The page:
So in this example, let's say that the flyers decided that they're looking for a standard product and even though our last line on this example is Thunder Road Airlines, named after New Jersey's own Bruce Springsteen, that's personally what I have selected, this particular flyer has decided that the Air California option on the top row is the line that works
best for her.
Let's dive in and see what we see next when she selected that. Now, here is where airlines can really differentiate and where channels can help ensure that flyers get access to the products that they want.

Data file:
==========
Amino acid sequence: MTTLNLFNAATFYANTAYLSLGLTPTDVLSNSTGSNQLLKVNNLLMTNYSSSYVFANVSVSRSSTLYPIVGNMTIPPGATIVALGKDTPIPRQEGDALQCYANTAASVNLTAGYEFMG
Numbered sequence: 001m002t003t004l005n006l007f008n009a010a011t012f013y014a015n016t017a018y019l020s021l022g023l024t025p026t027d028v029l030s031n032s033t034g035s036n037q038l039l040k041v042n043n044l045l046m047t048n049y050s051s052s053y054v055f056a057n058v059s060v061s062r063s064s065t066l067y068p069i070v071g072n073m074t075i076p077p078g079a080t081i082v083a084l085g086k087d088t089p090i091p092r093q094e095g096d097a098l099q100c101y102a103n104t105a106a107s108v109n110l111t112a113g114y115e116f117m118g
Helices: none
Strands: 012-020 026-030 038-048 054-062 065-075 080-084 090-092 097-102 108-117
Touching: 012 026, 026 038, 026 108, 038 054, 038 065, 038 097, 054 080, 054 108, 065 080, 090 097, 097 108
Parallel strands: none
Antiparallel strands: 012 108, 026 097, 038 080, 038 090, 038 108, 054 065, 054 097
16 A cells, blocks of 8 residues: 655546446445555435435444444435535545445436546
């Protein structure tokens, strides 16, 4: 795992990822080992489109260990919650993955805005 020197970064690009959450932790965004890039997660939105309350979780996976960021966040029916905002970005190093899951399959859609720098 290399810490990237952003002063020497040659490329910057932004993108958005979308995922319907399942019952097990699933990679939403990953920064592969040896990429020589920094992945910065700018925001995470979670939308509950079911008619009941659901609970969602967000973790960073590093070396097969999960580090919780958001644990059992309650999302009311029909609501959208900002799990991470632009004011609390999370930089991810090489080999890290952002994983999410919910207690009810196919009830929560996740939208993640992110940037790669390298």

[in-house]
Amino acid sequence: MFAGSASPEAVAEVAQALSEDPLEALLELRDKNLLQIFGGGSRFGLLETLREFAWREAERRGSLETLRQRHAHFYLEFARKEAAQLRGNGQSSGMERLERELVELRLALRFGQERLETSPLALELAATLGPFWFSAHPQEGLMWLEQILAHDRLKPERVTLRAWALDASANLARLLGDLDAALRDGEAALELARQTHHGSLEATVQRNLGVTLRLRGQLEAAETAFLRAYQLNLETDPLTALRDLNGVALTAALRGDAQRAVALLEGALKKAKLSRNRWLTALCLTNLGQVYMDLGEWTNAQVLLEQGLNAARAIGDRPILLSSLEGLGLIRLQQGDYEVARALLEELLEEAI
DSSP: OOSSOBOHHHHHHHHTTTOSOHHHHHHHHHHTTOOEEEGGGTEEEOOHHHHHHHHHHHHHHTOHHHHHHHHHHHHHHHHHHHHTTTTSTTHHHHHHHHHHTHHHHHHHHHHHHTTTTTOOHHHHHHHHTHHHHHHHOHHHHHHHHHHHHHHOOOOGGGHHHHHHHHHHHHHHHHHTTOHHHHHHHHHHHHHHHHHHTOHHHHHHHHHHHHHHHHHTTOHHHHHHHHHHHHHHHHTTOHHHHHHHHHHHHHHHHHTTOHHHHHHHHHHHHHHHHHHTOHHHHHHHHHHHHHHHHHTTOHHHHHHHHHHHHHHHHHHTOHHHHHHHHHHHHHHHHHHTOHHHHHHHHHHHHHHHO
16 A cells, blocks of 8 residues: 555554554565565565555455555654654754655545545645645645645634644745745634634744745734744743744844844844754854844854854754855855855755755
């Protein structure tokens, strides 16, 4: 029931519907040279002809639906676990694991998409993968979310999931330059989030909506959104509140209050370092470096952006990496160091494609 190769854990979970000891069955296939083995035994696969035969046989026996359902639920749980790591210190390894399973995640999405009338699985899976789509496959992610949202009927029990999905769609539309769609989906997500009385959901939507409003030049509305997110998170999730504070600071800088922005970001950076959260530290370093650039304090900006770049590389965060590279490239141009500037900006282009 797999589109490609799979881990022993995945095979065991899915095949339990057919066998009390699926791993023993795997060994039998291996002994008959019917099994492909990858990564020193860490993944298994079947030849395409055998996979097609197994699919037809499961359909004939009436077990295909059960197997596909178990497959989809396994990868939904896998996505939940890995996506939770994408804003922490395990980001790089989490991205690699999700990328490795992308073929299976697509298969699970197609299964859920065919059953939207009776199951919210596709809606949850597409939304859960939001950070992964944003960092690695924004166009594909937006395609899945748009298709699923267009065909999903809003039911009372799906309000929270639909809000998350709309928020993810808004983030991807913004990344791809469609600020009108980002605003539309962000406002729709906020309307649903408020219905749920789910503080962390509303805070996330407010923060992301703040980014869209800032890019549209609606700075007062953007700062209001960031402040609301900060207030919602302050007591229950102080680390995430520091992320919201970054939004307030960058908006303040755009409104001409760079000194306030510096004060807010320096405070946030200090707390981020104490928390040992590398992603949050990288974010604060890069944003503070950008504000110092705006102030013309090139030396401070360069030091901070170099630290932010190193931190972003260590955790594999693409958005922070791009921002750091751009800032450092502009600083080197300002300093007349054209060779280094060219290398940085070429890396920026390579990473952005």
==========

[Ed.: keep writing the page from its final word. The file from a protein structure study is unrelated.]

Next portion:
This flyer only knew from the search results that the price range and experience of the standard grouping for Air California worked for her, but initially she had no idea that there might be multiple options for what she could buy that would meet that criteria. In fact, in this case there are four different offers within a few hundred dollars of one another, and the flyer can see all of the options associated with the flight that she's selecting. We call this the drawer because you can open it for more information and truly find the product that is right for you.